As I consider myself a pretty private individual this is very difficult opening up my personal life with patients. This email may offend some of you and I want to apologize up front if that is the case. I feel it necessary however to explain why I haven’t been in the office much lately. The last month has been constant stress, by far the most difficult time in my life. On Friday January 23rd, I received a call from my mom that my dad was in grave condition. She made it clear that it would be a good idea for me to travel home to MN, and visit him at the VA. I was on the next available flight that Friday morning with no idea what the weekend had in store. I had just three days to spend with my father. I knew as I boarded the plane back to Nashville that it would be the last time I would see him alive. Sure enough the next day I got the call that I was dreading, he had passed.
The death of a parent is a loss obviously very difficult in and of itself. This coupled with a few more “personal tragedies” made me literally feel like I myself was dying. More specifically, I tore ligaments in my ankle playing tag with a 5 year old. Talk about making a 44 year feel even older than he is, Ha! My ex-finance and I ended our engagement. My sister was sent to emergency labor with over 7 weeks to go until her due date. Thank God my first little niece Violet is recovering in the NICCU even as I write this. So with all of these things that were going on personally, lets not even talk about getting stuck with the ice storm in an empty house for almost a week which rendered interacting with fellow humans near impossible. And here I thought I pretty introverted.
This past Tuesday, the same day my sister Audra was getting rushed into an emergency room in Minnesota it didn’t come as a big surprise when I finally came to grips with some of my own health issues I have been secretly dealing with. See I had been having left arm and upper left chest tingling for the past week. This was a perplexing situation at first, as I consider myself to be in pretty great health. But after taking into consideration that most of my family has had a history of heart and cardiovascular issues, it became very apparent that I was having my own. The denial was slapping me in the face as my left arm had progressively got worse and had noticed some strength loss as well. I didn’t want to be another statistic so I was admitted to Vanderbilt ER and went through every possible test imaginable, multiple EKG’s, blood work, CT scans, and Stress test. After spending the night in the ER I was given the diagnosis from the my doc on call. I was expecting the worst so when the doctor came in and told me that my heart was in great condition and said I was good to go home I was both perplexed and relieved. So I went home as instructed to wake up the following morning with even more progressed left arm numbness. It was at this time that I reached out to my mom and started to express my concerns, frustrations and uncertainty. This conversation had her asking me what could be causing these symptoms. It was at this point when I started for the first time thinking as a doctor as opposed to a person who clearly was not able to formulate very effective thought processes due to mental stress. I started to put 2 and 2 together. My left arm tingling and numbness wasn’t from a lack of blood flow from my heart, this from a nerve that was being impinged. It was one of those light bulb moments!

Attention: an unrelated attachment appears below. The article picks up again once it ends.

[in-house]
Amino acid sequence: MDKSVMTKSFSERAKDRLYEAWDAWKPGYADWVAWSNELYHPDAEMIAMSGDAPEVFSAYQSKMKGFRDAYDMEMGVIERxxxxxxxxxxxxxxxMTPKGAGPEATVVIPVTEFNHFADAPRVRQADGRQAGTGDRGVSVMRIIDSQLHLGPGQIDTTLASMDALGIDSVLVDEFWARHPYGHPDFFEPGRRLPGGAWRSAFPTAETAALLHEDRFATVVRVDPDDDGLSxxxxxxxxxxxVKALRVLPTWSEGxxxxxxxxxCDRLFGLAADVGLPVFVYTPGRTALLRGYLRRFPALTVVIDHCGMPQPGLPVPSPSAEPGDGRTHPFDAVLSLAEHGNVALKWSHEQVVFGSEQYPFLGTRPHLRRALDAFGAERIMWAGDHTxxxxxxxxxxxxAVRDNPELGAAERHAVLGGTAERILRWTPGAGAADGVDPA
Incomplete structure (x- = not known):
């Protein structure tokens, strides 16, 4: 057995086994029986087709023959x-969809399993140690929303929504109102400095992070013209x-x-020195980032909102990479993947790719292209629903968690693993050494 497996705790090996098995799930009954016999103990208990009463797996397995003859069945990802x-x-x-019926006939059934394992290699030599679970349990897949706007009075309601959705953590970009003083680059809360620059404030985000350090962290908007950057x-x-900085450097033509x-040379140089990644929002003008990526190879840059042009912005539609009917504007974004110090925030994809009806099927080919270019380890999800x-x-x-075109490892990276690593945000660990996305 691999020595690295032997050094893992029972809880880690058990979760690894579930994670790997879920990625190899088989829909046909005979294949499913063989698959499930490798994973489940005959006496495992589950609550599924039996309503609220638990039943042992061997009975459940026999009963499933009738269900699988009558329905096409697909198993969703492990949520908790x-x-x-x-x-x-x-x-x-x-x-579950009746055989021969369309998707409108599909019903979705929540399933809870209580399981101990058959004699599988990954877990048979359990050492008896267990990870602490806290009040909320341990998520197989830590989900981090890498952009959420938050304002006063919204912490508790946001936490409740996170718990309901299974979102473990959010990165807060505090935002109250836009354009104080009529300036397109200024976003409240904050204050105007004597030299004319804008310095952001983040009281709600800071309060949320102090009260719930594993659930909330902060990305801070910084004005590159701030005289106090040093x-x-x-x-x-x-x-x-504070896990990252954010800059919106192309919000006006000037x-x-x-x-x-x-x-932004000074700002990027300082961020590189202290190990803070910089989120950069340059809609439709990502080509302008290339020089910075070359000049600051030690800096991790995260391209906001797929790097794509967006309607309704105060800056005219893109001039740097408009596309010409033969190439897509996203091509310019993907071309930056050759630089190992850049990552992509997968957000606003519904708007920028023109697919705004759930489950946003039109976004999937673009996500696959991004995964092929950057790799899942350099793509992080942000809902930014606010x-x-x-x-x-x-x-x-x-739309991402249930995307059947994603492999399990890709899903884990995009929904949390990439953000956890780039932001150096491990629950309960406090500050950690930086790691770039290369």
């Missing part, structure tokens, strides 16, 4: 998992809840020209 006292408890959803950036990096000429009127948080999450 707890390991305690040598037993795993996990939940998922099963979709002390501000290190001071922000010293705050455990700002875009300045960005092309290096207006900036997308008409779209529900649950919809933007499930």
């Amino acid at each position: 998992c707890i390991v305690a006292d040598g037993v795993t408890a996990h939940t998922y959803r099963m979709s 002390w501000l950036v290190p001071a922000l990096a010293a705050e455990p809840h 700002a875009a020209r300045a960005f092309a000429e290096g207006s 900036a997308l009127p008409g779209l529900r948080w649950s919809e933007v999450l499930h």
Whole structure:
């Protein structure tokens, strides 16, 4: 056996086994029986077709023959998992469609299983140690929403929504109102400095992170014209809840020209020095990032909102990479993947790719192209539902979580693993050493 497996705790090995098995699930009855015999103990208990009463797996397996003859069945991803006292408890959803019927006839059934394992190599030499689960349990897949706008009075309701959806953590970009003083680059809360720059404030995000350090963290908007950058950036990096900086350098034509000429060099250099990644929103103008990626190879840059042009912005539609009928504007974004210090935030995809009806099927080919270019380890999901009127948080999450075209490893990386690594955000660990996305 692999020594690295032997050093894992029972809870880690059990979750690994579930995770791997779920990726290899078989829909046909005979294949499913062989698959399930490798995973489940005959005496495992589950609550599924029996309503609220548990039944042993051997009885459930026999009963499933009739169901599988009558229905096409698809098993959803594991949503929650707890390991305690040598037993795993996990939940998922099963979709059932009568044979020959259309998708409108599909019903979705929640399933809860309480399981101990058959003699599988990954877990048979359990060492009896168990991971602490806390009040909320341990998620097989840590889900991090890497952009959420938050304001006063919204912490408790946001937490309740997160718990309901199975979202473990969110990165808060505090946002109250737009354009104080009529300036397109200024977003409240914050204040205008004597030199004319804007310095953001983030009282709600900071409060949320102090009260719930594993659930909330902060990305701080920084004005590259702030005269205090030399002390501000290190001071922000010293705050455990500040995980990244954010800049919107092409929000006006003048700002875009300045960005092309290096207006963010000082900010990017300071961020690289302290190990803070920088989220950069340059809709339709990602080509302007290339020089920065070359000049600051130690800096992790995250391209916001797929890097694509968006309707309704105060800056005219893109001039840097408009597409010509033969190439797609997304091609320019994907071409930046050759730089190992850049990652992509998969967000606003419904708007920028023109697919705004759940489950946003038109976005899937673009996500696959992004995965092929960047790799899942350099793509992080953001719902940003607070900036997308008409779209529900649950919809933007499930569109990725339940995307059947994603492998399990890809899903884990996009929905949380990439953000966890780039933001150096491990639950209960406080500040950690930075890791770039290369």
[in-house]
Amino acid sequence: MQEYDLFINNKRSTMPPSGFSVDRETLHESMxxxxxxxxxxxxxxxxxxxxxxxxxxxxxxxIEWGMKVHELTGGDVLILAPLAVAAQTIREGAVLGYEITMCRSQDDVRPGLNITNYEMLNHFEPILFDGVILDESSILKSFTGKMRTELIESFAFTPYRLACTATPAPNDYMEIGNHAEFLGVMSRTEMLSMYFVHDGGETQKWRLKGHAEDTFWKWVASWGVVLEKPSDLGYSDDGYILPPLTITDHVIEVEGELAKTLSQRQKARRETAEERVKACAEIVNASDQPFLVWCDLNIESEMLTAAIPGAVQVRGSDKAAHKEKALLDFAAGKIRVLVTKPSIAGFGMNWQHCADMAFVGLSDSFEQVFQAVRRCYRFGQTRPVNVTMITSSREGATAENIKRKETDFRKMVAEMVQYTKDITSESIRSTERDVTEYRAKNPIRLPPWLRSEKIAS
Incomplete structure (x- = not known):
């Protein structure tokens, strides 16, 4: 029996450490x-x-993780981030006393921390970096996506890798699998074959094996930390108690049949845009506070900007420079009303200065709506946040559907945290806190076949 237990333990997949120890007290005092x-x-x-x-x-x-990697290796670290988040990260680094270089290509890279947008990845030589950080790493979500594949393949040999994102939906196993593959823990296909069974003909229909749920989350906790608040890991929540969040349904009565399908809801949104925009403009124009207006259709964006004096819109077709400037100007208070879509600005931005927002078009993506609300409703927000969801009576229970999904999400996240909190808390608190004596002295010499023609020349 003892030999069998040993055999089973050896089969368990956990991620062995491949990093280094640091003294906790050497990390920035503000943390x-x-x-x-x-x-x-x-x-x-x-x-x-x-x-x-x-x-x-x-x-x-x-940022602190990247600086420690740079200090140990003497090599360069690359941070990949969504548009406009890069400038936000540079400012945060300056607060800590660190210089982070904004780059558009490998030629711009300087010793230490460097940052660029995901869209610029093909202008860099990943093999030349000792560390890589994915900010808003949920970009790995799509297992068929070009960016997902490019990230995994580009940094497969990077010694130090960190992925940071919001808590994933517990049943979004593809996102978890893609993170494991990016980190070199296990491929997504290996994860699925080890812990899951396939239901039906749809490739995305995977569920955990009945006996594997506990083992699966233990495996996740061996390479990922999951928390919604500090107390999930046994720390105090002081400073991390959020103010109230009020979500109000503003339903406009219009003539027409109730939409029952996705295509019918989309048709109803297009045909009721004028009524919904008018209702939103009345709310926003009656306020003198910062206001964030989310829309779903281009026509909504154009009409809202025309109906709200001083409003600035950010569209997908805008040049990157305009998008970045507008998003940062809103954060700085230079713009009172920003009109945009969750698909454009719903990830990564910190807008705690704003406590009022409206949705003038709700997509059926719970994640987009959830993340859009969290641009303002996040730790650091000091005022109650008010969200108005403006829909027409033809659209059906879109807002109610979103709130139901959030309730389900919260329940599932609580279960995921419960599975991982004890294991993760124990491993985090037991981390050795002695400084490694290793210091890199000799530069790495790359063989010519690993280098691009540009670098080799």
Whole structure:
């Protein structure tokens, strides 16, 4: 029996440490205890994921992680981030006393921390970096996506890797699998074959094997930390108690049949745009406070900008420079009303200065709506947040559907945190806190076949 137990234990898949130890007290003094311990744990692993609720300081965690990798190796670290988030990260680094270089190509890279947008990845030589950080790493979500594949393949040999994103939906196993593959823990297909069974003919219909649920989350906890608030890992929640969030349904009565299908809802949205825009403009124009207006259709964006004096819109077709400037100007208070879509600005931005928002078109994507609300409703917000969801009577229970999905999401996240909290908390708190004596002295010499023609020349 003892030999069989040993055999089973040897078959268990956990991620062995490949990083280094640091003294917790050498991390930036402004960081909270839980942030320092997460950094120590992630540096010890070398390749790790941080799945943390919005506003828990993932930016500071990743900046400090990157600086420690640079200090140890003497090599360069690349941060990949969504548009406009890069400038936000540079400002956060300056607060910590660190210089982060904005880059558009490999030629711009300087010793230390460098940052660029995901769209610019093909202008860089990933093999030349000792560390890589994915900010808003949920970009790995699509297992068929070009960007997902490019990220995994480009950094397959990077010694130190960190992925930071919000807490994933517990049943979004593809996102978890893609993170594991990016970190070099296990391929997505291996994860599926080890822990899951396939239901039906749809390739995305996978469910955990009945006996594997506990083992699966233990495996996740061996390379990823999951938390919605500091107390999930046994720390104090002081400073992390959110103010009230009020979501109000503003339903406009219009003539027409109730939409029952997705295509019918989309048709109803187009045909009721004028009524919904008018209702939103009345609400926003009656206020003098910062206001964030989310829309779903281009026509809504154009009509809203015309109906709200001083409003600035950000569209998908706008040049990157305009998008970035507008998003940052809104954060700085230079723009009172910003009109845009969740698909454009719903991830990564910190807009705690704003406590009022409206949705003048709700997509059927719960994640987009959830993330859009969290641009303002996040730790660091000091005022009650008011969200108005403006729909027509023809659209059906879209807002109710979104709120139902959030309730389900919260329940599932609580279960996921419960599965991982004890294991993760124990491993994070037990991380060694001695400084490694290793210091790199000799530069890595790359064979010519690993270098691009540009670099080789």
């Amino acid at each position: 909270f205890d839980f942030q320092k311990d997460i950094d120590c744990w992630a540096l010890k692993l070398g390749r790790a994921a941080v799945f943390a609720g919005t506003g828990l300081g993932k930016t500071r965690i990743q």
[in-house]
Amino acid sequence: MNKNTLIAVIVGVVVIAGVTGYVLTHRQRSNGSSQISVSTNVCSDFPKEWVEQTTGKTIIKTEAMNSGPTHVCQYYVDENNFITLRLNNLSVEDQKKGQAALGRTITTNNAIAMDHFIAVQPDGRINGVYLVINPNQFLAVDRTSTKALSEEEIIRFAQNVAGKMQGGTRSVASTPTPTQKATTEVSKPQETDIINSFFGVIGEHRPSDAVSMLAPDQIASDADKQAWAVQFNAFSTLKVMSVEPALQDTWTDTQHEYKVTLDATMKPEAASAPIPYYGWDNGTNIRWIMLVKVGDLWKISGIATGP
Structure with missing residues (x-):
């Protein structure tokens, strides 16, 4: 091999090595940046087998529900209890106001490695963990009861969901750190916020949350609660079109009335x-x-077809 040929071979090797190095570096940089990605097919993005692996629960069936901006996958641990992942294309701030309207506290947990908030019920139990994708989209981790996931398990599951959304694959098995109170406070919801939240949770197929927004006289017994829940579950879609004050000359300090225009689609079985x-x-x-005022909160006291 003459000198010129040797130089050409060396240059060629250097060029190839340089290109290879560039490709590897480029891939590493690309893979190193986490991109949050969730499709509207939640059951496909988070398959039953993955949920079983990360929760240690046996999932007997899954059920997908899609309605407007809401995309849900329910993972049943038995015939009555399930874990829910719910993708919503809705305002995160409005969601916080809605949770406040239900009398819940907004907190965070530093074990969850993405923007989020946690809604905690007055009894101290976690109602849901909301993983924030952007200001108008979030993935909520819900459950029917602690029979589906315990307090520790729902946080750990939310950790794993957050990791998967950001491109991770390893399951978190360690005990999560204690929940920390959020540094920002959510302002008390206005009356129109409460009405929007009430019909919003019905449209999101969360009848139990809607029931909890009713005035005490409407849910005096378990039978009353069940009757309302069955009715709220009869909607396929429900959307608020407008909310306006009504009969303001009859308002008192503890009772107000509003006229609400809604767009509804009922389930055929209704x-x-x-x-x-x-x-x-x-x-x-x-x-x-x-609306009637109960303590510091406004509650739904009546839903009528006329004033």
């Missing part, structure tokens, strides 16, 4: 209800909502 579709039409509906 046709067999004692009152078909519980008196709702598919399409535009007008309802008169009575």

I got in my car and drove down to my office. I came in not as the chiropractor ready to treat patients but as a patient. Dr Begley proceeded to perform x-rays, history and an examination. It was during the neurology portion of the exam that it was very apparent that my symptoms were coming from a pinched nerve in my lower neck and upper back. The weird thing is that I didn’t have any symptoms in my neck or upper back like you would expect. This was turning to be a classic case of referred pain. I see similar conditions on an almost weekly basis in the office. Dr Begley put a treatment plan together for me and the first thing he did was to put me onto one of our decompression tables. Within literally the first two minutes of being on the table my left arm symptoms went away completely! This was the first time they had subsided in over a week and a half. This was a another huge “aha” moment. I was amazed by how obvious and clear the answer was that it almost slapped me in the face. At the same time I was disappointed in myself. Disappointed because now in retrospect of how obvious it was that the help I needed was literally at my own office. I could have saved myself a crazy 24 hours in the ever-exciting ER, not to mention my quickly consumed $5000 yearly deductible. This was a classic case of how psychological stress can and does often manifest into physical symptoms.
So in closing I want to first apologize that I haven’t been in the office much as of late. But I also want to confirm that my health is on the right track with continued treatments and want to confirm that I will be in the office for regular hours starting tomorrow. I’m excited to be able to be back and to serve the community with a refreshed new outlook. Check out my quick video clip of Dr Begley setting me up on decompression therapy below or on our Youtube channel.
Dr Jason Crist
PS Congratulations to the winner of our Valentines event winner Michael B! Thank you so much for your trust in us with your referrals.